Mistake #15: Needing an Army
In all the pitches I’ve heard and all the funding proposals I’ve read, it’s surprisingly rare to hear anyone talk about how many users their site will get. It’s almost as if the only thing that matters is the technology, and not the people who’ll use it. Sometimes this is the Field of Dreams Fallacy (“If you build it, they will come”), and often it reflects the all-too-prevalent misapprehension that the whole world cares deeply about the same issues as you do, and are waiting on the edge of their seats for your site to appear so they can finally make their society better. But no matter the root cause, the closest we usually get to any theory of user dynamic is a section on PR and marketing. If pushed for targets or expectations in this area, a classic hockey-stick graph usually appears, or we get some discussion on how to scale the site if it grows too quickly.
I’m much more interested in the question of what it means to not get enough users. Or, from a different angle, how many people need to use your site for it to be successful. This isn’t simply a worse-case scenario disaster planning exercise — the answer to that question cuts right to the heart of your strategy, and should shape not only your marketing but also your development, release, and maintenance approaches.
If you’re trying to build any kind of social network, the answer to that question is likely to be quite a large number. Sites that involve users having to come together to do something, whether that’s an auction site, or something that helps you find a tennis partner, follow the same sorts of power laws as trying to introduce the first fax machine: there’s close to zero value for the first few users, so you want to get as big as possible as quickly as possible. Generally, as I’ve mentioned before, this is a really bad strategy, unless you have clever way to bootstrap or millions of dollars to spend1.
A much better approach is to make the Minimum Acceptable Users number as low as possible — ideally one. Amazon.com was successful the first time someone bought a book. FixMyStreet.com was successful the first time someone came along, reported a problem, and got it fixed. It was irrelevant to those people who else, if anyone, was also using the site.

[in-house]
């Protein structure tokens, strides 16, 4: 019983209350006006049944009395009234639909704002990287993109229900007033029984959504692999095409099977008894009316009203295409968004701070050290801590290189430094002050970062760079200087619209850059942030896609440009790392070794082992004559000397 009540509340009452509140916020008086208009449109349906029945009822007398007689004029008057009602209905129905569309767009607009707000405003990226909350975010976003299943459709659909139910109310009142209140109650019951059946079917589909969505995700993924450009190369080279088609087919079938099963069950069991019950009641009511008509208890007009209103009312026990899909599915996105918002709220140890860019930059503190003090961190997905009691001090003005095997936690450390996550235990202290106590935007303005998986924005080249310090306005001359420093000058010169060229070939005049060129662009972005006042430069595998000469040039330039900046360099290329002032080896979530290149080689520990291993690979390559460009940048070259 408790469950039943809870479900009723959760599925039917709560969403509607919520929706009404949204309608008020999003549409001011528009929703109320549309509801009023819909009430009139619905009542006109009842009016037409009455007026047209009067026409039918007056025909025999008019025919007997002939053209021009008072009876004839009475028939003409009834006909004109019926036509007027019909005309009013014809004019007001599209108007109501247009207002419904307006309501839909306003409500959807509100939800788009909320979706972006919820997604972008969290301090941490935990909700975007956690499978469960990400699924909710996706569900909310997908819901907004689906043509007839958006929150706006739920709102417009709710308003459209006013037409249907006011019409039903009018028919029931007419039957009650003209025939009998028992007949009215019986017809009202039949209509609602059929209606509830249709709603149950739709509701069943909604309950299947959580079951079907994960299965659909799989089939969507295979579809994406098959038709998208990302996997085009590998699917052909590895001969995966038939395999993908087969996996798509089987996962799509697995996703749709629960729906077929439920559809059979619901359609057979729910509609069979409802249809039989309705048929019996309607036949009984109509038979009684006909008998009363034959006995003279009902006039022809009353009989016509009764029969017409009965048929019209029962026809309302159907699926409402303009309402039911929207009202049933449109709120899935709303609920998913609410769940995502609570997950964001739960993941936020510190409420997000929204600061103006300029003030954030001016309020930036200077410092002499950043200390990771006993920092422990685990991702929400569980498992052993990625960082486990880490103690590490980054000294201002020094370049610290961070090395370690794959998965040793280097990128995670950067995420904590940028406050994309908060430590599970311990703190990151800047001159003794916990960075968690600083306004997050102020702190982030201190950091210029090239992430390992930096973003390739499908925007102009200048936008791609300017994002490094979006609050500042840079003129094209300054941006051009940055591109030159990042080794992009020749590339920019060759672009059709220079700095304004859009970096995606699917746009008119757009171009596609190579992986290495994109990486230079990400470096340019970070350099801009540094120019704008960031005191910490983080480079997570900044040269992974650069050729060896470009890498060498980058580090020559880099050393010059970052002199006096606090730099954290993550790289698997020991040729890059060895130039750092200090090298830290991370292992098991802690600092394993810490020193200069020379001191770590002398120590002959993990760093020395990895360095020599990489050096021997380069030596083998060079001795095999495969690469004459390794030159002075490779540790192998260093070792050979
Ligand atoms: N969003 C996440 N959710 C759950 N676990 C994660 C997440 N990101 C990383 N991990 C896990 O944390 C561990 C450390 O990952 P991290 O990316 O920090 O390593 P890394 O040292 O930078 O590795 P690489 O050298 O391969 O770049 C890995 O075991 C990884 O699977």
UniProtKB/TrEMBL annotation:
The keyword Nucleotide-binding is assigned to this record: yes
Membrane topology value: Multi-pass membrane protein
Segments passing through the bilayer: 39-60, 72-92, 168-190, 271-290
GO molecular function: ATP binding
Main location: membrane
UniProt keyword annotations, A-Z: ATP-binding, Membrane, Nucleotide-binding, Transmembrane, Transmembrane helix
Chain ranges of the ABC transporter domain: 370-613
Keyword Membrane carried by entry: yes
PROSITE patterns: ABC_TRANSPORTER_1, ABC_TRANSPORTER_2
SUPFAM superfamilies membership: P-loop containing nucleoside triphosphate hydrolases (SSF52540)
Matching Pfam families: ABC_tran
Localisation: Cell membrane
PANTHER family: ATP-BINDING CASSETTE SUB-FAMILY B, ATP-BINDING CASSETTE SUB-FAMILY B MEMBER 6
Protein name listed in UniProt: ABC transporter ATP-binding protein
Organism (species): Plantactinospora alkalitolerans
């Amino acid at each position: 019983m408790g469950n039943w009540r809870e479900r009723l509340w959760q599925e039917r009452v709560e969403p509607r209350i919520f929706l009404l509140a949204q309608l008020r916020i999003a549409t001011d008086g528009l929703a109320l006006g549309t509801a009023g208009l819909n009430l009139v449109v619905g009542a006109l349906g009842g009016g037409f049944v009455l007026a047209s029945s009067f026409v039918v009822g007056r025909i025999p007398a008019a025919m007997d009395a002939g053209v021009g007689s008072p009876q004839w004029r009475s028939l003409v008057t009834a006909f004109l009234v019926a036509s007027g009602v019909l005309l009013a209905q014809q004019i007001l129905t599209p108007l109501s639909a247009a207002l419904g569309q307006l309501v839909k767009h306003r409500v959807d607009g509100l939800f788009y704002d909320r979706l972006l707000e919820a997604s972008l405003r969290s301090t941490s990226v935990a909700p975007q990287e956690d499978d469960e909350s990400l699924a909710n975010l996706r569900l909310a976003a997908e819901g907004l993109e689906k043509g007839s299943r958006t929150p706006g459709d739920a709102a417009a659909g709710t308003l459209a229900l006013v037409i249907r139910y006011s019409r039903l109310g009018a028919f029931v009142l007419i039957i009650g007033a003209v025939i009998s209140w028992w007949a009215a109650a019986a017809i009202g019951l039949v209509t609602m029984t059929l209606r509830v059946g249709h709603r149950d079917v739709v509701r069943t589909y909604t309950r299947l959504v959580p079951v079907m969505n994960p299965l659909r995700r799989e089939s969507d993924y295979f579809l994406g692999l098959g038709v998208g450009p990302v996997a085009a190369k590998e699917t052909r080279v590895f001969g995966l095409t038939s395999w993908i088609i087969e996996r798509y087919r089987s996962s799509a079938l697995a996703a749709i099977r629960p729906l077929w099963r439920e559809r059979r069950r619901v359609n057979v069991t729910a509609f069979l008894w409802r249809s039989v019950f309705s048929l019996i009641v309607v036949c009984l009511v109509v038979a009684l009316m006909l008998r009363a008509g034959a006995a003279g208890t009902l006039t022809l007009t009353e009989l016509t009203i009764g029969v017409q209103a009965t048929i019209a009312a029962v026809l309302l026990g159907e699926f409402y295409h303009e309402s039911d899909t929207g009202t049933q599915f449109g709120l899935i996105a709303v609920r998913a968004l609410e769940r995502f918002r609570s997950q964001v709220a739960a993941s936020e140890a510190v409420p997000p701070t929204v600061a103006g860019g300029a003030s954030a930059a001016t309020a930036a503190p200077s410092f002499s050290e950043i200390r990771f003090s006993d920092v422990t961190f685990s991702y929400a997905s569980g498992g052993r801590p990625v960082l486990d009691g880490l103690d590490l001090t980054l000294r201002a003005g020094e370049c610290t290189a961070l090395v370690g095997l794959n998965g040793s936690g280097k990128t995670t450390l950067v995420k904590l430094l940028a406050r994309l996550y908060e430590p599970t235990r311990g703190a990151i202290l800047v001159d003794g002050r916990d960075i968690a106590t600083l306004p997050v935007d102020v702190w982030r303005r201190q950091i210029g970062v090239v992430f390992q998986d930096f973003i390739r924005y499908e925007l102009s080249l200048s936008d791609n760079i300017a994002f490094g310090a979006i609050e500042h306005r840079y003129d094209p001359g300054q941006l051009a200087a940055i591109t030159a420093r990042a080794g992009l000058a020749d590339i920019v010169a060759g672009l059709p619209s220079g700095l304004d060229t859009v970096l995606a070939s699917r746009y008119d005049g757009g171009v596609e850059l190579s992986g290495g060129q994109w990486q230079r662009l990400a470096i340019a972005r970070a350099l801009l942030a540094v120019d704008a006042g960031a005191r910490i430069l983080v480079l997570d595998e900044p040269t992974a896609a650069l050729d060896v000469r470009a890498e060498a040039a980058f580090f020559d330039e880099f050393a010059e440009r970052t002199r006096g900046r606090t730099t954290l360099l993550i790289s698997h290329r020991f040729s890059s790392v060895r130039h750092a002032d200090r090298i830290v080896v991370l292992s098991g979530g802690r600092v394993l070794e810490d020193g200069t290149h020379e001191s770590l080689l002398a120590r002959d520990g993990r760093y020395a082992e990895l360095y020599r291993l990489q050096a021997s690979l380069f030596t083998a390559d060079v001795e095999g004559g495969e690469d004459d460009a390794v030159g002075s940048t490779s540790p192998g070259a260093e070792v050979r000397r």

That doesn’t mean, of course, that you want to only ever have one user. I’ll bet Jeff Bezos was ecstatic the first time someone he didn’t know ordered a book, but I suspect that would have been short-lived if no more customers had ever turned up. No, what I mean is more subtle than that. When you finally help someone achieve something, that’s a key inflection point. Your dream has become a reality, you’ve succeeded in making the world that little bit better, and now you can concentrate on replicating that again and again and again, helping an increasing number of people have increasingly better experiences.
It’s easy to sucked into thinking that to change the world you need to make a huge impact all at once. We all love the stories of millions of people coming together to make a difference, and we dream of being able to orchestrate something like that ourselves. And sometimes to make something important happen you really do need to be able to harness a large number of people all at once. But for most of the things that improve society, it’s simpler, cheaper, less risky, and, often much more satisfying to simply help one person. And then another. And then another. And another. And another, ad infinitum, one by one by one.
- and if there’s already an existing competitor, make that billions of dollars [↩]